In the next few blogs I will focus on the difficulties in reaching an international agreement on limiting the use of fossil fuel, what China and other developing countries are doing to change their energy use, and how the USA is reacting to these developments.
Since my paper with Ostrovskiy and Cheng is now published in a refereed professional journal, my focus has shifted to India, which, as I showed in the previous blog, is a somewhat more difficult, example. India is poorer than China. It’s also a democratic country, meaning that the issue shifts from trying to convince governments to take a certain action to trying to convince voters in a fast growing population that already numbers over a billion people.
The IPAT is not just a “formula.” It actually describes the driving forces for the anthropogenic contributions to climate change.
Figure 2, taken from the latest IPCC reports, shows the relative contributions of the four terms with the carbon intensity of energy defined as CO2/energy summarizing the last two energy terms. The balancing act of the socioeconomic terms with the energy terms is clearly visible, resulting in increased emission with the increased contributions from the socio-economic terms, dominated by the increased affluence of developing countries. The increase in emission associated with the first two terms of the equality is only partially compensated by the energy terms.
Decomposition of the change in total global CO2 emissions from fossil fuel combustion by decade (IPCC Fifth Assessment Synthesis Report)
A few years ago I went to India to try to see the balancing act for myself. Here is what I wrote about this effort (April 29, 2014):
I was able to interest a colleague of mine, Prof. Vinit Parmar from our film department, and we went exploring. We went to a region of India called the Sundarbans, which is part of the West Bengal State, near the city of Kolkata (Calcutta). The region is shared by India and Bangladesh and is the home of one of the world’s largest deltas, formed by the outlets of the Ganges, the Brahmaphutra and the Meghna rivers into the Bay of Bengal. About 4 million people live on the Indian side of the border. The land’s topography has made it difficult to extend the Indian electrical grid, and until 1995 most of the inhabitants lived a Hunter-Gatherer way of life: “hunting” fish and gathering honey in the Mangrove forest. Around 1995, the Indian government (with some help from the US government) decided to do something about it and try to deliver electricity to the region. They decided to do it by skipping the coal stage, instead delivering the electricity in the most sustainable way that the budget would allow.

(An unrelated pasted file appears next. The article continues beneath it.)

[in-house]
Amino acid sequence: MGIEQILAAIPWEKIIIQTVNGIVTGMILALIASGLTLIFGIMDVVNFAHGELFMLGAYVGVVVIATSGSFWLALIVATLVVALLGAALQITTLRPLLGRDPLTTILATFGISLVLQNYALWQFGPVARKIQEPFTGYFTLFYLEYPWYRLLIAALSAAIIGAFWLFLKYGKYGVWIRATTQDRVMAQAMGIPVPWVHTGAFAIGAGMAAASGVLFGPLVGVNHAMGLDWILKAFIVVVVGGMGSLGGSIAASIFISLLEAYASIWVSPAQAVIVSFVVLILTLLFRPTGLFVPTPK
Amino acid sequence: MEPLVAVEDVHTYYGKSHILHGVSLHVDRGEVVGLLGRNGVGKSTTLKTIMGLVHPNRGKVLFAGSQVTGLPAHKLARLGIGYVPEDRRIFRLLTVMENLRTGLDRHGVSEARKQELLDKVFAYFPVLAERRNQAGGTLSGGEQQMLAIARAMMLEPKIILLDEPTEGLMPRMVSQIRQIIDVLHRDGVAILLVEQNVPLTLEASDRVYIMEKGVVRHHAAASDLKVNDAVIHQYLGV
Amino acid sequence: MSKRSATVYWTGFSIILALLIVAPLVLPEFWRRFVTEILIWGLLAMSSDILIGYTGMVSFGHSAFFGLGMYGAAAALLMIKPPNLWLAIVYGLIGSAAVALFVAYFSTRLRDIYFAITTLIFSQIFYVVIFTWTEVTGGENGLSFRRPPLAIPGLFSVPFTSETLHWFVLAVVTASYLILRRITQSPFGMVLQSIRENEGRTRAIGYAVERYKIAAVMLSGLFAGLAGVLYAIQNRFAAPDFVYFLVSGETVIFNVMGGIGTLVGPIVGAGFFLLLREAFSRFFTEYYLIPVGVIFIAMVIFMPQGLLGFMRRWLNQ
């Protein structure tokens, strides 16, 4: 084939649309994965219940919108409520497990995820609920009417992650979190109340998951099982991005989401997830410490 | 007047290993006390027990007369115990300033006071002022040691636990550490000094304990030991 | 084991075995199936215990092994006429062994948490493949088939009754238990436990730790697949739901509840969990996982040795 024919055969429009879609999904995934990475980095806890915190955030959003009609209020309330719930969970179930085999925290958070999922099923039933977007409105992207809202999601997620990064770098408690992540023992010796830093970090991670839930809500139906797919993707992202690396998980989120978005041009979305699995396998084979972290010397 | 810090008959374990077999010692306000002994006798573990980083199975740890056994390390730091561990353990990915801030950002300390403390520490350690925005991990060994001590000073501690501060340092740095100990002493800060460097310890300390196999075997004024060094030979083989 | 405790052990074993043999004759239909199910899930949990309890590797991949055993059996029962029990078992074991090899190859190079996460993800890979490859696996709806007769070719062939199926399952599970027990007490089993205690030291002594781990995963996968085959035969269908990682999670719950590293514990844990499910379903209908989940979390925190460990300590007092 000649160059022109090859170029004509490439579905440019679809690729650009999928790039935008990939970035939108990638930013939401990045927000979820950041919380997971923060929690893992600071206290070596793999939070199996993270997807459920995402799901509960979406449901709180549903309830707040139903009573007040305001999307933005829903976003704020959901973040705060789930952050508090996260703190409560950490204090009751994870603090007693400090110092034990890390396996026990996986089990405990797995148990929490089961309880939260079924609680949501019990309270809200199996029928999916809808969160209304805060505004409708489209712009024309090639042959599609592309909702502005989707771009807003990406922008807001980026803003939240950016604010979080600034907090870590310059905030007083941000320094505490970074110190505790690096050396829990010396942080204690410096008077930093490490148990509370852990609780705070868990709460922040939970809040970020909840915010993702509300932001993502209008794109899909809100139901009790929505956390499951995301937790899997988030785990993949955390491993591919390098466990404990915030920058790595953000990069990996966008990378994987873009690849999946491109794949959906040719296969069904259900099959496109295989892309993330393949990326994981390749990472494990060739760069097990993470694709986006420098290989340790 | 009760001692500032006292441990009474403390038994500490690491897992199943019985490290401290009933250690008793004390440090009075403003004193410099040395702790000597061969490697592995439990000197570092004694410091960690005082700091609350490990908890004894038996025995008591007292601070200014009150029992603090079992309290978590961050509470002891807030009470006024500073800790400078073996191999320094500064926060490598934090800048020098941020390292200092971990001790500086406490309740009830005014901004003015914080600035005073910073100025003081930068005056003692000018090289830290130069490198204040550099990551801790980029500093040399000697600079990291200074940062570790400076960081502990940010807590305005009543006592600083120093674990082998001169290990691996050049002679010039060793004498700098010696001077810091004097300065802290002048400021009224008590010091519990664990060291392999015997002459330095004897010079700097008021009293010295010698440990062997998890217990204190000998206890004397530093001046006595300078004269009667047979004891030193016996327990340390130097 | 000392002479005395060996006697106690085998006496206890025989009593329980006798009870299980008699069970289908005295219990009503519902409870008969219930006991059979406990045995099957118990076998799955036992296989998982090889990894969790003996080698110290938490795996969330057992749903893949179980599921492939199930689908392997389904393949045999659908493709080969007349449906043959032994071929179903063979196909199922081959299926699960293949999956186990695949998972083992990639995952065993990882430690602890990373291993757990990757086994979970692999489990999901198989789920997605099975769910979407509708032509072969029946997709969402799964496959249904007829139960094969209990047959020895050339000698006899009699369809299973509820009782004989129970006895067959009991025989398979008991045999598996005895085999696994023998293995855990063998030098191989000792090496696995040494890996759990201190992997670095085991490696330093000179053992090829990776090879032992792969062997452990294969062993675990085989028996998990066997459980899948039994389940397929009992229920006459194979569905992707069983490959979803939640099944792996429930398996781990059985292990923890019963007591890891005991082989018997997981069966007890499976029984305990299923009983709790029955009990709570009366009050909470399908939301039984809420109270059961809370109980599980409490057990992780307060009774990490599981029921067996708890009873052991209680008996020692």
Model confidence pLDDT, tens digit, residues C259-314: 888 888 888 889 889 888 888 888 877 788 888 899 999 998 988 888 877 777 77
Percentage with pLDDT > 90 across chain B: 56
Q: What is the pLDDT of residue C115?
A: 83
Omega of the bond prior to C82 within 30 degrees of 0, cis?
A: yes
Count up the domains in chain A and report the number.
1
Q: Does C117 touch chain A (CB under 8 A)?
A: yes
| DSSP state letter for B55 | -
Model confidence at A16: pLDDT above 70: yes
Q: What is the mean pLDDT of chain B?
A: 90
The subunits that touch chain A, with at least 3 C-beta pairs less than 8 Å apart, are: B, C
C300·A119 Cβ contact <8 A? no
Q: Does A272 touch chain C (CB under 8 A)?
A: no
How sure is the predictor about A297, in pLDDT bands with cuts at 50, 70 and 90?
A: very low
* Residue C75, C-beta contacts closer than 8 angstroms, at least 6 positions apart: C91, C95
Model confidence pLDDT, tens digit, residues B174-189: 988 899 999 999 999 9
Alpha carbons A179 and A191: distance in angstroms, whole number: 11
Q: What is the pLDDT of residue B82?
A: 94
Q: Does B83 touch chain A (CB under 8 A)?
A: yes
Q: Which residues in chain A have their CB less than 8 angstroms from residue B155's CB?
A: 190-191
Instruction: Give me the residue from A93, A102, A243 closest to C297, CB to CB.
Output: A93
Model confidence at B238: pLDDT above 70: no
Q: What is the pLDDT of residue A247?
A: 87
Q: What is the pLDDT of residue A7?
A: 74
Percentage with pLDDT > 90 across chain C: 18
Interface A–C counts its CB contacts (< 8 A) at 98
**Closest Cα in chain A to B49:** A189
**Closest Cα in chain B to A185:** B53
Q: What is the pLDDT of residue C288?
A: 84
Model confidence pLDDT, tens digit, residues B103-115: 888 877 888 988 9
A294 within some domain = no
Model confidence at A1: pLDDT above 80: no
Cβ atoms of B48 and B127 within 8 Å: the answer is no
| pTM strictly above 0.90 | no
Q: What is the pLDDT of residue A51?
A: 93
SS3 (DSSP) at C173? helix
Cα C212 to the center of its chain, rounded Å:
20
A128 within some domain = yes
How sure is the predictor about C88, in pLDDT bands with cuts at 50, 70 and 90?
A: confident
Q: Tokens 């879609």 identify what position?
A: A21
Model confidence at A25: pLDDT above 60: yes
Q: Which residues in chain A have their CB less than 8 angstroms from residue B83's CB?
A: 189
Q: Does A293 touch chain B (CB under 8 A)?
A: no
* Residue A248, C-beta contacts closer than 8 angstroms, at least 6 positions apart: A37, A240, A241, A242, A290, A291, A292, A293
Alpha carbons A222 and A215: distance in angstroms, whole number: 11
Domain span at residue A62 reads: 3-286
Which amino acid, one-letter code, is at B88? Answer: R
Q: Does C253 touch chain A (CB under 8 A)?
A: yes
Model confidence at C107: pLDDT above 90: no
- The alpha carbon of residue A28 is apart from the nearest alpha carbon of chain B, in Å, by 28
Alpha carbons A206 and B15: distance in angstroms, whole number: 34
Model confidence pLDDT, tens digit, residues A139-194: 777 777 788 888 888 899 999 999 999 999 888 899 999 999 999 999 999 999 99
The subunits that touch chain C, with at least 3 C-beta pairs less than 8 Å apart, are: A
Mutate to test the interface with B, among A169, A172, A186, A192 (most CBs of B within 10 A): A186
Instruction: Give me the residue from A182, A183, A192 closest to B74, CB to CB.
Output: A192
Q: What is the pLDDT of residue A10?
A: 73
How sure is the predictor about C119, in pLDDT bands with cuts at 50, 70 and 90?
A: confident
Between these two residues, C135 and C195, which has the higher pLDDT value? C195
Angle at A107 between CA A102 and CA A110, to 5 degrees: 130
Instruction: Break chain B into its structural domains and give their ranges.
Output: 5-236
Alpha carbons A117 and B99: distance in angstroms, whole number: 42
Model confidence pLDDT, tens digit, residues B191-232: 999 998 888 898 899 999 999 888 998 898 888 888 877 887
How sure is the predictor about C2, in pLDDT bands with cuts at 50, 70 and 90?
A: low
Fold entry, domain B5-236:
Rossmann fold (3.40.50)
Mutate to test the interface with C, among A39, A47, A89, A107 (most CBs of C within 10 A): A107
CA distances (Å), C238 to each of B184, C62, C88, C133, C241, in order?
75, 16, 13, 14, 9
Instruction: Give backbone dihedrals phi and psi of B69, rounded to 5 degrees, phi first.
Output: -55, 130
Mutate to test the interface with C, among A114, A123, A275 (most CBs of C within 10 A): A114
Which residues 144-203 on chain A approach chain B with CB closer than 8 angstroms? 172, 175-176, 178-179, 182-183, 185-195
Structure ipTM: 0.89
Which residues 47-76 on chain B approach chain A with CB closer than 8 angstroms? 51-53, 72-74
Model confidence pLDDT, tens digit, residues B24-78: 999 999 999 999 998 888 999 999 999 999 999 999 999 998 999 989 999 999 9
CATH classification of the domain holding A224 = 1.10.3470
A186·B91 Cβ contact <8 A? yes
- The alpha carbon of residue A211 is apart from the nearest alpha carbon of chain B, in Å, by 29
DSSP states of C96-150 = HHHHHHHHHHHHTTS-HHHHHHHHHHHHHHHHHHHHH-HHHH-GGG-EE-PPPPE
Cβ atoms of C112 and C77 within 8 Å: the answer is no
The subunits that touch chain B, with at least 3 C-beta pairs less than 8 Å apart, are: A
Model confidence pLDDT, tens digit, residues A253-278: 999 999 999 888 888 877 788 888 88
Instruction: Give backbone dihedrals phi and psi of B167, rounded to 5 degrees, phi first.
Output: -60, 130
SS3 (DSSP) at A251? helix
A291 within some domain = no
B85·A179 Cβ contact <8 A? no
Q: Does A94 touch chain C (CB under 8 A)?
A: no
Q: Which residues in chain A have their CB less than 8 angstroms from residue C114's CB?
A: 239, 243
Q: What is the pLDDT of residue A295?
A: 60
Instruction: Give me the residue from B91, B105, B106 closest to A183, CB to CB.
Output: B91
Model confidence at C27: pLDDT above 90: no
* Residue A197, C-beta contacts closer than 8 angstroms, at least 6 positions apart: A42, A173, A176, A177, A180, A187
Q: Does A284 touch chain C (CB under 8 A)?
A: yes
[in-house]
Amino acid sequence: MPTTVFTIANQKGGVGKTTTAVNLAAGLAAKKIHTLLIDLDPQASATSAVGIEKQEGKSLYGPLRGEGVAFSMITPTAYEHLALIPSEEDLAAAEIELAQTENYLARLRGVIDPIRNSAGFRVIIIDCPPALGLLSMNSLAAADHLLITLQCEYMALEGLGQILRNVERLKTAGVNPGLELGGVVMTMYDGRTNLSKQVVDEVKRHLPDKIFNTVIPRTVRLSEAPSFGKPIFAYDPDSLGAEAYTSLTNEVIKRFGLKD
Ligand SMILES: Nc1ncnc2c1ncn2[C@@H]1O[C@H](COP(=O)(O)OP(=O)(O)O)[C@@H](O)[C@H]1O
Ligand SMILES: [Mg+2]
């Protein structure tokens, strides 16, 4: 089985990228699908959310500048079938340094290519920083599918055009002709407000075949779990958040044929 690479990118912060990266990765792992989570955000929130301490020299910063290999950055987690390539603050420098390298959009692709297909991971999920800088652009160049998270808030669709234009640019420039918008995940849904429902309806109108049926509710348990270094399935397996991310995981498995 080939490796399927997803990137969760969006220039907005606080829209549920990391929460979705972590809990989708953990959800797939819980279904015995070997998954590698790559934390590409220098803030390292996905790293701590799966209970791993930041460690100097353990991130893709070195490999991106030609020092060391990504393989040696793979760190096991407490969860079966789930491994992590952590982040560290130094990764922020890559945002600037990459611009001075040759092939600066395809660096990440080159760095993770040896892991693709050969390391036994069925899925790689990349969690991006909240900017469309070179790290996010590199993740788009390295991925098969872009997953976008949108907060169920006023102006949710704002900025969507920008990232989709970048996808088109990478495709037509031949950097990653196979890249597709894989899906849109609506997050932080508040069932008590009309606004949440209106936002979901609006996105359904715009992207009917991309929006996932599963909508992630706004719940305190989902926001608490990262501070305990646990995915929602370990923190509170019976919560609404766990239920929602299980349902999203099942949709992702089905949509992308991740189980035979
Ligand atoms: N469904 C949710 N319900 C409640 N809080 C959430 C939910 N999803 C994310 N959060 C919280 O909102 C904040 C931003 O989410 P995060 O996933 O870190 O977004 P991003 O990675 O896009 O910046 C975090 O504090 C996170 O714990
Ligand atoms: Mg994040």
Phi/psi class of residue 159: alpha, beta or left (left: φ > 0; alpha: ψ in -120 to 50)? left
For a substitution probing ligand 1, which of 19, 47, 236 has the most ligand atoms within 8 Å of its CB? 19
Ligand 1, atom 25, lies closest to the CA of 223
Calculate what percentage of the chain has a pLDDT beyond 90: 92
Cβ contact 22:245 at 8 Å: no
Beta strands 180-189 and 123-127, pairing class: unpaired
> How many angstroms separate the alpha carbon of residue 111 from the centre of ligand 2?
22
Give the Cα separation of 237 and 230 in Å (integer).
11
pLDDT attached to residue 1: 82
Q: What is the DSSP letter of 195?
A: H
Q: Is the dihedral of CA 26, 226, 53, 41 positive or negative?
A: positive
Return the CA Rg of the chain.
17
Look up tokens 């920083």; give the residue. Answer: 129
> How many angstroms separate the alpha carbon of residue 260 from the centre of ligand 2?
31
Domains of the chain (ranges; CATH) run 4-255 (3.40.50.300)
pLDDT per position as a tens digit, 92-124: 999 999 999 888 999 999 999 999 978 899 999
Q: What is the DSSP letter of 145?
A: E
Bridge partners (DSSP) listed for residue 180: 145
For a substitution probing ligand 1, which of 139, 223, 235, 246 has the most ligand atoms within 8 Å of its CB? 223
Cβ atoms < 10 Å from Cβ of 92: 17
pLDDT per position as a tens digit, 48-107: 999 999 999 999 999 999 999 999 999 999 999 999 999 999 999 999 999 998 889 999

We tried to monitor this process through a documentary film; to accomplish this we needed some help but the result, along with the full list of contributors, can be seen in the short film “Quest for Energy.”
The film illustrates the initial delivery of electricity in the small town of Gosaba. This delivery comes by way of a microgrid that runs through some of the main streets in town. Here, the microgrid doesn’t function as an additional, supplemental aspect of the main grid. In fact, since in this case, the microgrid is the only grid, in a sense, it resembles the main grid in the US more than 100 years ago. The proliferation of microgrids in rich countries is a boon to developing countries like India because it promotes further exploration and improvement of such technology. Hopefully these innovations will continue to be applicable not only in rich countries, where the microgrids function mostly as a form of adaptation, but also in poor countries where in many regions they are the only game in town.
Figure 3 – Global lack of access to electricity and reliance on biomass
The same seminar documents describe how India’s inhabitants fit in to the world’s access to and use of electricity as follows:
Of the 1.6 billion people today have no access to electricity, about 80% of these people are located in India (580 million) and sub-Saharan Africa (500 million). Four out of five people lacking access to electricity live in rural areas. By 2030, in the absence of radical new policies, 1.4 billion will still have no electricity
The next few blogs will continue my discussion of India, as I describe the country’s present energy situation and its efforts toward energy transition. I also plan to address the difficult balance it strives for between reducing its energy needs overall while also recognizing that some energy expenditure is necessary in its attempts to alleviate poverty.